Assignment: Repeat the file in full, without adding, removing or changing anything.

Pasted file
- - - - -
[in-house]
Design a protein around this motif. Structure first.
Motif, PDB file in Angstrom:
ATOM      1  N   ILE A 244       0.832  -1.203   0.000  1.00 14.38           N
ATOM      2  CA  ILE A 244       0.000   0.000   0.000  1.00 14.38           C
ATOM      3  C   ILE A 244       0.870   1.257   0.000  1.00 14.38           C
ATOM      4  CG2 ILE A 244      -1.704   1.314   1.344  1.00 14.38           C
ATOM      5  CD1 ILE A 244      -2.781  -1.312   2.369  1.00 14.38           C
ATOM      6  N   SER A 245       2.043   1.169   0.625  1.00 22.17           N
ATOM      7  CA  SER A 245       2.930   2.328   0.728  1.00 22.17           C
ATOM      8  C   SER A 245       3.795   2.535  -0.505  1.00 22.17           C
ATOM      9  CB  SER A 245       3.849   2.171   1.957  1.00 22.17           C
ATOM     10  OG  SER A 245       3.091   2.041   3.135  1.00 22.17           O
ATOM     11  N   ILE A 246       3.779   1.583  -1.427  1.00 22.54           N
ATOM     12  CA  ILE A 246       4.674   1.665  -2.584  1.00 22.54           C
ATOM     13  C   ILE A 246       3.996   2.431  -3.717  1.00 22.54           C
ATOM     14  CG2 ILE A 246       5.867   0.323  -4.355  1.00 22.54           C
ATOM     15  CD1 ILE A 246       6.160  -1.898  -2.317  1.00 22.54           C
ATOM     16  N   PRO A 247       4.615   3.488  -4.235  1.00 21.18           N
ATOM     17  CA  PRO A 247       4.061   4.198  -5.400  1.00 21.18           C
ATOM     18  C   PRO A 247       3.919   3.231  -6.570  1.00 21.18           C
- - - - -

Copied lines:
[in-house]
Design a protein around this motif. Structure first.
Motif, PDB file in Angstrom:
ATOM      1  N   ILE A 244       0.832  -1.203   0.000  1.00 14.38           N
ATOM      2  CA  ILE A 244       0.000   0.000   0.000  1.00 14.38           C
ATOM      3  C   ILE A 244       0.870   1.257   0.000  1.00 14.38           C
ATOM      4  CG2 ILE A 244      -1.704   1.314   1.344  1.00 14.38           C
ATOM      5  CD1 ILE A 244      -2.781  -1.312   2.369  1.00 14.38           C
ATOM      6  N   SER A 245       2.043   1.169   0.625  1.00 22.17           N
ATOM      7  CA  SER A 245       2.930   2.328   0.728  1.00 22.17           C
ATOM      8  C   SER A 245       3.795   2.535  -0.505  1.00 22.17           C
ATOM      9  CB  SER A 245       3.849   2.171   1.957  1.00 22.17           C
ATOM     10  OG  SER A 245       3.091   2.041   3.135  1.00 22.17           O
ATOM     11  N   ILE A 246       3.779   1.583  -1.427  1.00 22.54           N
ATOM     12  CA  ILE A 246       4.674   1.665  -2.584  1.00 22.54           C
ATOM     13  C   ILE A 246       3.996   2.431  -3.717  1.00 22.54           C
ATOM     14  CG2 ILE A 246       5.867   0.323  -4.355  1.00 22.54           C
ATOM     15  CD1 ILE A 246       6.160  -1.898  -2.317  1.00 22.54           C
ATOM     16  N   PRO A 247       4.615   3.488  -4.235  1.00 21.18           N
ATOM     17  CA  PRO A 247       4.061   4.198  -5.400  1.00 21.18           C
ATOM     18  C   PRO A 247       3.919   3.231  -6.570  1.00 21.18           C